Maryland women beat Rutgers to rebound from loss to Indiana


The last time Maryland played, Diamond Miller had to calm down. She was furious after failing to get over a slow start in the No. 9 Terrapins’ narrow loss at Indiana No. 6 — and was still venting after the game.

There was no slow start on Sunday – and no risk of losing. Miller barely played in the fourth quarter as the Terrapins clinched an 80-56 win over Rutgers at the Xfinity Center. Maryland, who led most of the time, improved to 4-0 after a loss.

“[Miller] set the tone for us,” said coach Brenda Frese. “I couldn’t be prouder of the practice she had yesterday to really set the tone with the way she plays today. I thought she just played one of her most complete games on both ends of the floor. She was very upset [after Thursday’s loss at Indiana] and somehow understanding the trust she needs to get with her teammates.

Miller started quickly on Sunday and didn’t let up. She finished with a do-everything stat line of 17 points, six rebounds, three assists, five steals and a block. Maryland (14-4, 5-2 Big Ten) forced 23 turnovers — 17 of them in the first half, which ended with the Terps leading 44-28 — to defeat the Scarlet Knights (8-11, 2-5). .

Rutgers entered the game bottom in the conference with 21.2 turnovers per game. The Terps had defeated the Scarlet Knights 22 times in a 78-67 away win on Jan. 2.

It’s not that complicated: They want to throw it on the red shirts, not the white shirts,” Rutgers coach Coquese Washington quipped.

How bad are things for John Calipari and Kentucky? Pretty bad.

Rutgers once again put up a mighty fight against Maryland’s press defense. It was a challenge just getting the ball across half the court, and the Terps scored 19 points after turnovers. Maryland grabbed 14 steals and attempted 26 more shots.

“I think the pressing gets us going,” said striker Brinae Alexander. “When we sit back from our press, we get a little stagnant — a little lazy to be tough. But I think being in the press gives us momentum.”

Guard Abby Meyers added: “What we learn about ourselves every day is that we can really defend and we get a lot of momentum. That will help us out on track when we play against really good teams and need to make stops.”

On the other hand, Maryland’s offense came fairly easily as Rutgers was often upset. Four players scored in double figures, with Alexander taking the lead with 20 points off the bench. Meyers had 10 points in the first quarter before finishing with 14 points and seven assists. Shyanne Sellers had 12 points, nine rebounds and seven assists.

Maryland managed just 11 assists against 16 turnovers in the loss to Indiana that left Miller subdued. That changed Sunday when the Terps had 24 assists against 11 turnovers.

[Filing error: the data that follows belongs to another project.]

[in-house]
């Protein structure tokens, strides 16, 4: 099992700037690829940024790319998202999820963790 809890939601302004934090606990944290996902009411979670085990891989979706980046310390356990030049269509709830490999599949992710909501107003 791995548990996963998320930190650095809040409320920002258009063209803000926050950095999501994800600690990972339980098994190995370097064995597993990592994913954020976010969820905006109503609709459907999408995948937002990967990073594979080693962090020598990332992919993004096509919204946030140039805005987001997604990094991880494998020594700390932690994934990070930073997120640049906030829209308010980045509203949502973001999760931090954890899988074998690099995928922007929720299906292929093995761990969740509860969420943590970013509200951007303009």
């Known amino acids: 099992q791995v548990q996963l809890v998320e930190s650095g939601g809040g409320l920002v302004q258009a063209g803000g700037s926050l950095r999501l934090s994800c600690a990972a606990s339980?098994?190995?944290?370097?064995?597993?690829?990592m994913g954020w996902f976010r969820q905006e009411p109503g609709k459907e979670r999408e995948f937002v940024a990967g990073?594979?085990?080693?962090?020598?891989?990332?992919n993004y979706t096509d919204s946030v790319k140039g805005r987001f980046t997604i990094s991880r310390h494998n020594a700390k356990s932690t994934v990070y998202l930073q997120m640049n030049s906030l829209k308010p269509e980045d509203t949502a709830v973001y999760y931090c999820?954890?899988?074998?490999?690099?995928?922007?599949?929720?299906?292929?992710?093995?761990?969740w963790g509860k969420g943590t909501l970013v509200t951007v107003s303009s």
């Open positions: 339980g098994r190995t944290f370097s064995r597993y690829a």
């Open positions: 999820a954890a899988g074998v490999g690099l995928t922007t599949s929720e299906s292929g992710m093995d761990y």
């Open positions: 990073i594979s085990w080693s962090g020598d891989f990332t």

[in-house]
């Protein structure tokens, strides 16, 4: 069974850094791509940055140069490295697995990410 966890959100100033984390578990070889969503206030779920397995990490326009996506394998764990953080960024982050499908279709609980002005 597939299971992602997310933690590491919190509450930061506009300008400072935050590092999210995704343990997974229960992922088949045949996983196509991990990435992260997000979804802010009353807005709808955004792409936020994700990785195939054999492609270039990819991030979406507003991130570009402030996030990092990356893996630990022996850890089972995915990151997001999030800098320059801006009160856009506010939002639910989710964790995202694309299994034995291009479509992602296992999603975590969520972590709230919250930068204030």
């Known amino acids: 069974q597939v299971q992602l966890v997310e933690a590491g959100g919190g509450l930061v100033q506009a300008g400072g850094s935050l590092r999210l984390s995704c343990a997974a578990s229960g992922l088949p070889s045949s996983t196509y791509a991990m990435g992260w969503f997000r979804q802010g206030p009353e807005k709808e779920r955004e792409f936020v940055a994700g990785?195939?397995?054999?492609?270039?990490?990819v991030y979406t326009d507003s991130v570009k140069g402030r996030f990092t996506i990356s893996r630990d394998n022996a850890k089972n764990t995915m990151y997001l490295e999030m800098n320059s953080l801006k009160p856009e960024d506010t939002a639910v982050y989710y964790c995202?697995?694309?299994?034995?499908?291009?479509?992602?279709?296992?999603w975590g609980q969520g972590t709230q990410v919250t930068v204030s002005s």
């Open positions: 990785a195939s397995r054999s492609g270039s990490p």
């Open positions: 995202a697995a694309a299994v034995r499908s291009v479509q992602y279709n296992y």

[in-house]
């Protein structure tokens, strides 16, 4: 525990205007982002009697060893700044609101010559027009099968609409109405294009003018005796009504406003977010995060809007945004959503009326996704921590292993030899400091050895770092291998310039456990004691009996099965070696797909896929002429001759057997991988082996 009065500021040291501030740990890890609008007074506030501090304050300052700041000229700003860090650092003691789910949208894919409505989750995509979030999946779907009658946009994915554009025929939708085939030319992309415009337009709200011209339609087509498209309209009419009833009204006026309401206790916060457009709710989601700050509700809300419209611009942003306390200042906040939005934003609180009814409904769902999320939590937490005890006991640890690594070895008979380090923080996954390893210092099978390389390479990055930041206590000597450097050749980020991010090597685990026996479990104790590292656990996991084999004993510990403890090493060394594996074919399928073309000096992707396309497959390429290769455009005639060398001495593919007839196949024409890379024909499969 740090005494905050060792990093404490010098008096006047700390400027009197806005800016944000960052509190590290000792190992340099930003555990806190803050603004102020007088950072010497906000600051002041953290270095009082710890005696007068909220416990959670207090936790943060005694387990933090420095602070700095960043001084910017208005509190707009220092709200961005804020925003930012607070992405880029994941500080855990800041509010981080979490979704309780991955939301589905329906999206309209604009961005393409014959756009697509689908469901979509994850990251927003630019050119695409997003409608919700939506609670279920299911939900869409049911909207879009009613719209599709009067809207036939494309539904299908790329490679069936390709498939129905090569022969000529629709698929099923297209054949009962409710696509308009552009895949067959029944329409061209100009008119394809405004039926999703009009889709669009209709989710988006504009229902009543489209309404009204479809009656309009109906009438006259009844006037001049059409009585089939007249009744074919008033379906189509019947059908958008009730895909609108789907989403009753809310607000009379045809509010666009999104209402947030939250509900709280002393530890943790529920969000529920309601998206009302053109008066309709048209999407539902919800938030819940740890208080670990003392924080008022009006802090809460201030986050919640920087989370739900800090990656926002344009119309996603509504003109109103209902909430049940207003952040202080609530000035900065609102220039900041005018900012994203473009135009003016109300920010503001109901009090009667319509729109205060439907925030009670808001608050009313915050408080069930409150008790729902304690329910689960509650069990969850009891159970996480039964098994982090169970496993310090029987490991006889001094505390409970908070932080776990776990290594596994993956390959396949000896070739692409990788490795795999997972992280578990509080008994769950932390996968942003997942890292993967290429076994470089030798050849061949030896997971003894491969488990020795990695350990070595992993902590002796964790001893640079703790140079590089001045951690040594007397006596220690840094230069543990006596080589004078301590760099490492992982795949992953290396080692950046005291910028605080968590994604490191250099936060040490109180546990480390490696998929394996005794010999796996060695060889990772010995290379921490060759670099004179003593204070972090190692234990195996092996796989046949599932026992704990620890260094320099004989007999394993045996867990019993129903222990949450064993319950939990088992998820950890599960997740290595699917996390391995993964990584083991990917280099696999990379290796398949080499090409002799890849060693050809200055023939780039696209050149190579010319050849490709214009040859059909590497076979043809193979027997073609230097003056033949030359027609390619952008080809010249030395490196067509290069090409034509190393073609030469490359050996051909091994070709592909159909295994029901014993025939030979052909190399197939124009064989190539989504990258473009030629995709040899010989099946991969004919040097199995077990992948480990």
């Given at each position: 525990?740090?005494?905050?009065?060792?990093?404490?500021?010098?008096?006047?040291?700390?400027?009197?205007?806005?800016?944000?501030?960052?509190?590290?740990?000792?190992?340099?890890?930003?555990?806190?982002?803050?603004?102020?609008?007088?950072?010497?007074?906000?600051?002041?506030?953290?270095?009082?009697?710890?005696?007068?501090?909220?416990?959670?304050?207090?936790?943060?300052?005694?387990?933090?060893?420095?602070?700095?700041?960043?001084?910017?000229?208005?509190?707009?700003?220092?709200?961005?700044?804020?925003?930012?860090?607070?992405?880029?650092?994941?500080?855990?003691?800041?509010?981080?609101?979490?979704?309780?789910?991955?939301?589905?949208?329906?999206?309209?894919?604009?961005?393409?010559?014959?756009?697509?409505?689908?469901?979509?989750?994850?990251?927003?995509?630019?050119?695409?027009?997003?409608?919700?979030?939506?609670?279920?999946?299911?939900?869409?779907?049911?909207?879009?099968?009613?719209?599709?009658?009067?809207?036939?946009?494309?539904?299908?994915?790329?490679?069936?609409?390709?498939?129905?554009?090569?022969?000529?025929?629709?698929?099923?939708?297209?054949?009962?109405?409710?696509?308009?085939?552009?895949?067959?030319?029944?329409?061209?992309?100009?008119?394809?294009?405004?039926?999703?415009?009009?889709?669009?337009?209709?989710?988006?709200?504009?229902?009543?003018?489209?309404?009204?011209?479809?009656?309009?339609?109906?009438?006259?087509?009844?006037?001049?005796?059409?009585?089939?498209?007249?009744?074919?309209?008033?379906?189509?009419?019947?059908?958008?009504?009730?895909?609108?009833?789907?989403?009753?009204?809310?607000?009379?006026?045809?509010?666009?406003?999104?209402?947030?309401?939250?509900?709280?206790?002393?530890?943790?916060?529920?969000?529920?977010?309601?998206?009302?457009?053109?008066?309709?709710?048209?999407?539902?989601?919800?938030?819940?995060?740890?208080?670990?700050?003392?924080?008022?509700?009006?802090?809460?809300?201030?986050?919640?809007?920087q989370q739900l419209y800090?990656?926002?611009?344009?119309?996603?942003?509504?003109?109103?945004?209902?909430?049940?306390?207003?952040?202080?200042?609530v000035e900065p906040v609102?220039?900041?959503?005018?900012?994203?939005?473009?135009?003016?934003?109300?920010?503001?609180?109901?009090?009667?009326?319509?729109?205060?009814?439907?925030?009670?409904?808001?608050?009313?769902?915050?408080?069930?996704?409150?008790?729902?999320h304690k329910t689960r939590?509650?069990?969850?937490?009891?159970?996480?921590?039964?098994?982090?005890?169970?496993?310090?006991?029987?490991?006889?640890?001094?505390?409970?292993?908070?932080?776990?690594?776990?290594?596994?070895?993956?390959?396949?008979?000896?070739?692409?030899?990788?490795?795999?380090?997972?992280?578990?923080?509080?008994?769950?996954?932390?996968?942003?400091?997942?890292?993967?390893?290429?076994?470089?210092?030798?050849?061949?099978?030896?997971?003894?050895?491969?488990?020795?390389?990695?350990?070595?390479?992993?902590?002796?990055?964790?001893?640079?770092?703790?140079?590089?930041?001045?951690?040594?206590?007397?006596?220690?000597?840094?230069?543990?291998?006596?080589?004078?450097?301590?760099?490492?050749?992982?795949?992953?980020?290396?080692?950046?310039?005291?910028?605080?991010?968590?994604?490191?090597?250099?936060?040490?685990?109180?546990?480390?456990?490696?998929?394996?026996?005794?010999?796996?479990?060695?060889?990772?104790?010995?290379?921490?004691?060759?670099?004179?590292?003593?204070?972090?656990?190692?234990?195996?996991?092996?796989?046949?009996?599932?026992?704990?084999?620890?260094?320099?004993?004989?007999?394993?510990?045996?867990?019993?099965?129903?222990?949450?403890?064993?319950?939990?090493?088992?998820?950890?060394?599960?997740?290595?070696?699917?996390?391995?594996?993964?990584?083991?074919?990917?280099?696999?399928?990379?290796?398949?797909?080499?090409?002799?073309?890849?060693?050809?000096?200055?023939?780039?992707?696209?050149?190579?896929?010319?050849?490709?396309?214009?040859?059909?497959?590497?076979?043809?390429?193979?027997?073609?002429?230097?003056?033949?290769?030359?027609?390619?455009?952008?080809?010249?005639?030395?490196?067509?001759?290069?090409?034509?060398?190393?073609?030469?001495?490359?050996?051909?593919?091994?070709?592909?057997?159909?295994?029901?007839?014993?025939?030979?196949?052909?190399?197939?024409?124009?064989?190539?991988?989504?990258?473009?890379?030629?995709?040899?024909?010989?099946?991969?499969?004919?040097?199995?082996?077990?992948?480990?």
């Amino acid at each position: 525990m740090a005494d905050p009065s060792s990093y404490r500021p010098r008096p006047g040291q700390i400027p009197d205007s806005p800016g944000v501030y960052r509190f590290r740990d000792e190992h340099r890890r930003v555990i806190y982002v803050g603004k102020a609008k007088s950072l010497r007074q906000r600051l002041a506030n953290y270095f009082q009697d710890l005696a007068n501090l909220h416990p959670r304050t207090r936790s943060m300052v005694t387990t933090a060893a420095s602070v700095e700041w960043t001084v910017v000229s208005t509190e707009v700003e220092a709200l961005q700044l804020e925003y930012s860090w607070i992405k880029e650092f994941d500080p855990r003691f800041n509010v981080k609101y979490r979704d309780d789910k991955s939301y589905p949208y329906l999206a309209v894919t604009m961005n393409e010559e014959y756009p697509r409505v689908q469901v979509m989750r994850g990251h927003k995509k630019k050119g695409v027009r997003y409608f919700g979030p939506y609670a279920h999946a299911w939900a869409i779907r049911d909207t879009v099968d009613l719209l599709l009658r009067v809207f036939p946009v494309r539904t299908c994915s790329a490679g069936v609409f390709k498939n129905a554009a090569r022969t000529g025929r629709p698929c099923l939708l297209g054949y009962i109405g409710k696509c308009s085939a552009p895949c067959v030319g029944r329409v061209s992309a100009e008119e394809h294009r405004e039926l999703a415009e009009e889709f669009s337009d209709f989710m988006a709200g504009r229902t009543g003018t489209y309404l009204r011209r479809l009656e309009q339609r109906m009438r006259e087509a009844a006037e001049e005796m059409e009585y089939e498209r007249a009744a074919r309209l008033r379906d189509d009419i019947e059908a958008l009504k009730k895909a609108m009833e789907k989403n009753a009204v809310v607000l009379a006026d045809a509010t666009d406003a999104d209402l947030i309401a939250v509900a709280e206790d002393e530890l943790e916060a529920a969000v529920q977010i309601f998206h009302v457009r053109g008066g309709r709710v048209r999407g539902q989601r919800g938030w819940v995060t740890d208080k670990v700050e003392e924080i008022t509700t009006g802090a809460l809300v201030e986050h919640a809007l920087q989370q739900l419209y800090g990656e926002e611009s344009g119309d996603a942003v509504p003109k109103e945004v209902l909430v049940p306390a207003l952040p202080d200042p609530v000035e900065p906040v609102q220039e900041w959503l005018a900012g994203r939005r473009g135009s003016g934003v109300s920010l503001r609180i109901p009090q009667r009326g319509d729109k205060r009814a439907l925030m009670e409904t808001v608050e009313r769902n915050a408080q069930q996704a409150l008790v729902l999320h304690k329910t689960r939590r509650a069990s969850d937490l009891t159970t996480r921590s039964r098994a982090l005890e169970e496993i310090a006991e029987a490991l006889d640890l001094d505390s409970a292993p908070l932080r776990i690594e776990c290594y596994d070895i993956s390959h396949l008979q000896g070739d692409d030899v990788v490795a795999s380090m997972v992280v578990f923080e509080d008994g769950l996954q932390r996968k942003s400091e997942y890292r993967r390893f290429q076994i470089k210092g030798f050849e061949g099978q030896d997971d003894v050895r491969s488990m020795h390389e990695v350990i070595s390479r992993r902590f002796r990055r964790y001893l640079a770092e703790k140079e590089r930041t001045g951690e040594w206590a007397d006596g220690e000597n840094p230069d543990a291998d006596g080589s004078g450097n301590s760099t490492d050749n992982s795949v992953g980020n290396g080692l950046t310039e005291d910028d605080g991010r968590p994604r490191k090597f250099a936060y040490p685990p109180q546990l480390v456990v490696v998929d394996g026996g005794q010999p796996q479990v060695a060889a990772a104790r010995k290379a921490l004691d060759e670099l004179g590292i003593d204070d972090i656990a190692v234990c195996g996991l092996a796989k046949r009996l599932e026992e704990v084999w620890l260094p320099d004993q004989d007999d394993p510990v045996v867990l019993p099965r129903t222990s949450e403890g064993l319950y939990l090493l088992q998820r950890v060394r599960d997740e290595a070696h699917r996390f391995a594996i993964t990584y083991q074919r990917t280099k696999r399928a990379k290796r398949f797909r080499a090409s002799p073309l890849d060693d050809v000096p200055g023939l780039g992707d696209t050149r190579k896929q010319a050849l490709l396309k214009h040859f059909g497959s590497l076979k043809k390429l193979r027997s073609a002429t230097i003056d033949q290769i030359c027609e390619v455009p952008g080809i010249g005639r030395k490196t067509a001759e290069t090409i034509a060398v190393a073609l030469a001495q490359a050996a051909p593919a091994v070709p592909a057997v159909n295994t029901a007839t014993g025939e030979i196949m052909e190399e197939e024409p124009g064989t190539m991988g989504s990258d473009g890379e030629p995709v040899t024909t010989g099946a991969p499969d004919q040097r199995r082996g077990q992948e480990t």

Here’s what else you should know about Maryland’s win:

Alexander hit a three-pointer late in the third quarter to reach 1,000 career points. The freshman Terp joined from Vanderbilt, where she had 841 points over four seasons. After a three-game slump, she got back on track with 15 points in Indiana and rolled on against the Scarlet Knights: Her six three-pointers is the best a Maryland player has done this season.

Players on the bench had begged Alexander to shoot earlier in the game and they erupted when she hit 1,000.

“I would like to thank my teammates for finding me and giving me open eyes,” said Alexander. “…I wasn’t sure if I was missing a point or two. … But the bank was yelling at me, and I was like, ‘Well, I think I’m going to shoot it.’ ”

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Maryland’s freshmen don’t have much time on the ground, but Sunday’s big lead in the first half allowed Frese to gain the freshmen a few minutes. Mila Reynolds and Gia Cooke checked in in the second quarter — much earlier than usual. They played 12 minutes together and scored two points.

“We’re trying to get them there,” Frese said. “At least we had the opportunity to do that and try to recognize it [rest] they and other people get [rest] and see if they can build some trust and what we expect from them. So it was a journey.

“Our freshmen are taking longer than expected. Usually by January…you should be in some kind of rotation and some kind of flow. So we need them. We have high expectations of them.”

Maryland visits Wisconsin on Thursday (6-12, 2-5) before heading to Nebraska (11-7, 3-4) for the showdown next Sunday. That ends the easiest stretch of the Terps on the Big Ten schedule. Maryland will play three ranked teams — No. 17 Michigan, No. 12 Iowa and No. 3 Ohio State — in the following four games.